Nevi'im, or "Prophets," tells the story of the rise of the Hebrew monarchy, its division into two kingdoms, and the prophets who, in God's name, judged the kings and the Children of Israel. It ends with the conquest of the Kingdom of Israel by the Assyrians, and the Kingdom of Judea by the Babylonians, and the destruction of the Temple in Jerusalem. The Book of Jonah is read on Yom Kippor. Portions of other prophetic books are read on the Sabbath (Shabbat).
According to Jewish tradition, Nevi'im is divided into eight books. Contemporary translations subdivide these into seventeen books.
The eight books are:
* I. Joshua or Yehoshua יהושע
* II. Judges or Shoftim שופטים
* III. Samuel or Shmu'el שמואל
(often divided into two books; Samuel may be considered the last of the judges (his sons were named judges, but rejected by the people) or the first of the prophets; it was he who negotiated on behalf of the Children of Israel with God to anoint a King)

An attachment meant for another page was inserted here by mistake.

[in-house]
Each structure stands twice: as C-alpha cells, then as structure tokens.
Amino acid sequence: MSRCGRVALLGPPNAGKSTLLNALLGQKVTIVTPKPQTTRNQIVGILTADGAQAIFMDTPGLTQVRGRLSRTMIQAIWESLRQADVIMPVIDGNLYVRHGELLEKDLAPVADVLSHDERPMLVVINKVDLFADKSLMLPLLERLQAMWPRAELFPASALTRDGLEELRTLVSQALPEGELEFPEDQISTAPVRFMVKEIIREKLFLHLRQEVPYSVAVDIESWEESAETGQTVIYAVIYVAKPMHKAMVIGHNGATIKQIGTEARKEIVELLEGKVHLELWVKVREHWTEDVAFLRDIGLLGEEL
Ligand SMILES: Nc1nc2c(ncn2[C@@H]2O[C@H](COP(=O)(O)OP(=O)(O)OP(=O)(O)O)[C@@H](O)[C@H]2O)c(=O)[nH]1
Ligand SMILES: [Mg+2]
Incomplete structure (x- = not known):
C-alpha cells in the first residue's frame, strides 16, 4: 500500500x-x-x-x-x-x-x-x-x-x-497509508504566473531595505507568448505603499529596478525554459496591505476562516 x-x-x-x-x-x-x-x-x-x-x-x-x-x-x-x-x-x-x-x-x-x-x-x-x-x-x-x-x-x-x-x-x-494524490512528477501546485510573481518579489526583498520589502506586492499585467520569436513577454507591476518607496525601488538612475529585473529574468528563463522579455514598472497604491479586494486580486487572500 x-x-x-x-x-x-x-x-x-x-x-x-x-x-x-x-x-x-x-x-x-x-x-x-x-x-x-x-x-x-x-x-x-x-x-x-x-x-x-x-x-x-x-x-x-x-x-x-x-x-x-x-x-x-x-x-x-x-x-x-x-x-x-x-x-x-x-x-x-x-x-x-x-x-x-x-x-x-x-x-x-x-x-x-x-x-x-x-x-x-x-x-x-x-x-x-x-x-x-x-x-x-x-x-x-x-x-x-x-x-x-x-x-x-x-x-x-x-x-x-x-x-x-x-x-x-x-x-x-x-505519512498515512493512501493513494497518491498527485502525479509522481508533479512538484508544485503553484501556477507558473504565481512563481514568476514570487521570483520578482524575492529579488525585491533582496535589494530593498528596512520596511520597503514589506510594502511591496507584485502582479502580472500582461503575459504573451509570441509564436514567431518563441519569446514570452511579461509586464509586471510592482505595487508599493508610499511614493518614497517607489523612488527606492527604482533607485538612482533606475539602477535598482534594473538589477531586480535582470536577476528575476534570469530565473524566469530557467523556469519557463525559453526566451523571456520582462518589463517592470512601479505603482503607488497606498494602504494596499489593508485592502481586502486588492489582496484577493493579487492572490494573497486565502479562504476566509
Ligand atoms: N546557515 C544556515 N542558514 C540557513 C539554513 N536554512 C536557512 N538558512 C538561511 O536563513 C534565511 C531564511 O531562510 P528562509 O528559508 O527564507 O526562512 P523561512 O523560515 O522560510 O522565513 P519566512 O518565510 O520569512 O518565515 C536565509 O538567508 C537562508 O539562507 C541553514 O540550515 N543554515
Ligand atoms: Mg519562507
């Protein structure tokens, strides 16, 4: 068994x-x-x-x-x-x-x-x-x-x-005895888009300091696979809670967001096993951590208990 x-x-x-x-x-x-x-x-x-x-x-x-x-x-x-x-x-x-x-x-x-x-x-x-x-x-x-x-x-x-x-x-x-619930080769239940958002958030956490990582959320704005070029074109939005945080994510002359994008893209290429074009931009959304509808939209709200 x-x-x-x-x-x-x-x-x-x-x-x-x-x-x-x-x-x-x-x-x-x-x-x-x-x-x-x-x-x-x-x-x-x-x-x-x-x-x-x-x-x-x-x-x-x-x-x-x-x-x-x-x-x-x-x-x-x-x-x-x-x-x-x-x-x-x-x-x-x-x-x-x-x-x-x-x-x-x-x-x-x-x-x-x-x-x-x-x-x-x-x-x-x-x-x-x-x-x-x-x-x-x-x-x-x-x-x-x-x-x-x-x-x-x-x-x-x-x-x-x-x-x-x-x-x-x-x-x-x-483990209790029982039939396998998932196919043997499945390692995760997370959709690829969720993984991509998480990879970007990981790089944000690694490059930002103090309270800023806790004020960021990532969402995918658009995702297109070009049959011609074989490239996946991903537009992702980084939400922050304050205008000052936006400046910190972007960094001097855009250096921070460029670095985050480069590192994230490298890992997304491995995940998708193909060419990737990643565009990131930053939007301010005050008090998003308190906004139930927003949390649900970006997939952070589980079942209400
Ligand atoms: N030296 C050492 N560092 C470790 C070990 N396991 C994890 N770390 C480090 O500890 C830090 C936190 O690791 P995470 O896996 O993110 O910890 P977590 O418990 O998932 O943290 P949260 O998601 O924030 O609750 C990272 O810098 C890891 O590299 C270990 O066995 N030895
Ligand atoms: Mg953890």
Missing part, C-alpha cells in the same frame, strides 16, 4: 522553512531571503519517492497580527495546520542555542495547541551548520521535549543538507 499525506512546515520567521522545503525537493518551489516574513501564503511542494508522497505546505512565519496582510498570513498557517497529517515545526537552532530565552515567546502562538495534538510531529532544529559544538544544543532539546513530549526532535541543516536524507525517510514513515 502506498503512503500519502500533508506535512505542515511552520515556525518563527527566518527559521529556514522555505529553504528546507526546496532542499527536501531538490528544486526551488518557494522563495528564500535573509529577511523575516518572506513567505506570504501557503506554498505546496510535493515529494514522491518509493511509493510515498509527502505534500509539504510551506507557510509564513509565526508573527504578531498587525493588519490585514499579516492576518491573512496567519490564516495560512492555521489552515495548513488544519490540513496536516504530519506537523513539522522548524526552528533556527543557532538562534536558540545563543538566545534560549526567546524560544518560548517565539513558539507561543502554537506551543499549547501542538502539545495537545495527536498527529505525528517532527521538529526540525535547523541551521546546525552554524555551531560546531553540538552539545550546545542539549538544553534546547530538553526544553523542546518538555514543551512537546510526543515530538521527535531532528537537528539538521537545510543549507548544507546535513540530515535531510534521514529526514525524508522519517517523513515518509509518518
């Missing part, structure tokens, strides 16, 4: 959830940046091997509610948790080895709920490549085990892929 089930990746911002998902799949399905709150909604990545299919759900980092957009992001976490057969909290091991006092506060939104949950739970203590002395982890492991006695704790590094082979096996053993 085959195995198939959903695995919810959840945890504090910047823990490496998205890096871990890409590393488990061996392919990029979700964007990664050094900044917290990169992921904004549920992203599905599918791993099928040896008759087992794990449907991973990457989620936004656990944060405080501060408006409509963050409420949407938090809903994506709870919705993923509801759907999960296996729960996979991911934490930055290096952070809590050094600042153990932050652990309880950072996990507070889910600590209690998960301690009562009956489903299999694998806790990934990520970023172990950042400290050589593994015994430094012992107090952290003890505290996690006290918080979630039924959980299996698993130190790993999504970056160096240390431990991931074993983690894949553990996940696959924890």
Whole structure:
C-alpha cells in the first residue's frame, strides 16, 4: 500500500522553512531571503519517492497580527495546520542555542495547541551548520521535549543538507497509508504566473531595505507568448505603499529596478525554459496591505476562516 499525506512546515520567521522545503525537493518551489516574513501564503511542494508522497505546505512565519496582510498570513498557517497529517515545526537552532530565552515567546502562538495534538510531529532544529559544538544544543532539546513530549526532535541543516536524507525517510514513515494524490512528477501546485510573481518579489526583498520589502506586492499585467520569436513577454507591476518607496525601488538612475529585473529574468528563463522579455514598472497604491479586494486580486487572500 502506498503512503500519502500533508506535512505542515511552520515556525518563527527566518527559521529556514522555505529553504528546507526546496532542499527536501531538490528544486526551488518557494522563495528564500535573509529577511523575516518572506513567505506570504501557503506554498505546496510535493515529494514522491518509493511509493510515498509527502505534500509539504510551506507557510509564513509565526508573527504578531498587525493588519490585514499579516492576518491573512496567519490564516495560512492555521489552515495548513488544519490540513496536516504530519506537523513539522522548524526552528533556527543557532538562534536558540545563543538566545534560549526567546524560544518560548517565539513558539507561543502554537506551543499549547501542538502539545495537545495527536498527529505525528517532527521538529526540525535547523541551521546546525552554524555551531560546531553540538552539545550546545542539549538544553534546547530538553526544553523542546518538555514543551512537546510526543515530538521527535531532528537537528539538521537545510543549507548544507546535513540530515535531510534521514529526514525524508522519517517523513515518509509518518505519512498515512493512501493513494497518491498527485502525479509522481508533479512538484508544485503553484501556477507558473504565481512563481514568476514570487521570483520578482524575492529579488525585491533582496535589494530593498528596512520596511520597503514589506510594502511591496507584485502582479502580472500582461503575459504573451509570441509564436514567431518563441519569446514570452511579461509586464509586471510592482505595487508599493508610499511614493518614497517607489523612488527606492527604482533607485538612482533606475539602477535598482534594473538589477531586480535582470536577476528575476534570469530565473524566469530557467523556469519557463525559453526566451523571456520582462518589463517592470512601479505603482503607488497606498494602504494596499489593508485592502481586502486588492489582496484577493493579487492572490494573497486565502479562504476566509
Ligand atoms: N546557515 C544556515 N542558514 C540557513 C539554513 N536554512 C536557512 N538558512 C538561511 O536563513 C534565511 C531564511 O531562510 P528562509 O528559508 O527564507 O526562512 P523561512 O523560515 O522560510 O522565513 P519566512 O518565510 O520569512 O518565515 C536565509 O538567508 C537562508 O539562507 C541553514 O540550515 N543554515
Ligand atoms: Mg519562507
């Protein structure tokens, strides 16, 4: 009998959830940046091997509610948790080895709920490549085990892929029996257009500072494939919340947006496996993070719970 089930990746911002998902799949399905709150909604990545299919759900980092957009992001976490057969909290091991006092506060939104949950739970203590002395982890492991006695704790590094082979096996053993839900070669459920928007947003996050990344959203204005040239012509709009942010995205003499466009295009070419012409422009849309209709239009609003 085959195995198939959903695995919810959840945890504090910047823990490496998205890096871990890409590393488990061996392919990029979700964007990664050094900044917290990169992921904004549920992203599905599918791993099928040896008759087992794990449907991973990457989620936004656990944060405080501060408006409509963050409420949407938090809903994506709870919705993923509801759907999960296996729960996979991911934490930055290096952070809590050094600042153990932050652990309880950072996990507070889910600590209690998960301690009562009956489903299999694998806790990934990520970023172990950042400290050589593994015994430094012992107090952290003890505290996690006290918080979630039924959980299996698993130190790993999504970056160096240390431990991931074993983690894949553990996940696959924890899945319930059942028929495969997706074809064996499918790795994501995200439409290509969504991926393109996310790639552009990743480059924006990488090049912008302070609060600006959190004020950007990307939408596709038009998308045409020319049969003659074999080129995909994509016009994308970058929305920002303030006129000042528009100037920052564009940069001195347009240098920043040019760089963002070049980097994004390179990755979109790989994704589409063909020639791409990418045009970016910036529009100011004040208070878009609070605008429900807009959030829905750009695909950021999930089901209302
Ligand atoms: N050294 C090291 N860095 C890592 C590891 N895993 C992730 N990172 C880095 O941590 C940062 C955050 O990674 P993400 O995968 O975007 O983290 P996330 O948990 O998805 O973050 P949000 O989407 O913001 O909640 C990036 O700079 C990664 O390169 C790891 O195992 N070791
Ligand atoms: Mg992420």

* IV. Kings or Melakhim מלכים
(often divided into two books)
* V. Isaiah or Yeshayahu ישעיהו
* VI. Jeremiah or Yirmiyahu ירמיהו
* VII. Ezekiel or Yehezq'el יחזקאל
* VIII. Trei Asar תרי עשר
(The Twelve Minor Prophets)
o 1. Hosea or Hoshea הושע
o 2. Joel or Yo'el יואל
o 3. Amos עמוס
o 4. Obadiah or Ovadyah עבדיה
o 5. Jonah or Yonah יונה
o 6. Micah or Mikhah מיכה
o 7. Nahum or Nachum נחום
o 8. Habakkuk or Habaquq חבקוק
o 9. Zephaniah or Tsefania צפניה
o 10. Haggai or Haggai חגי
o 11. Zechariah Zekharia זכריה
o 12. Malachi or Malakhi מלאכי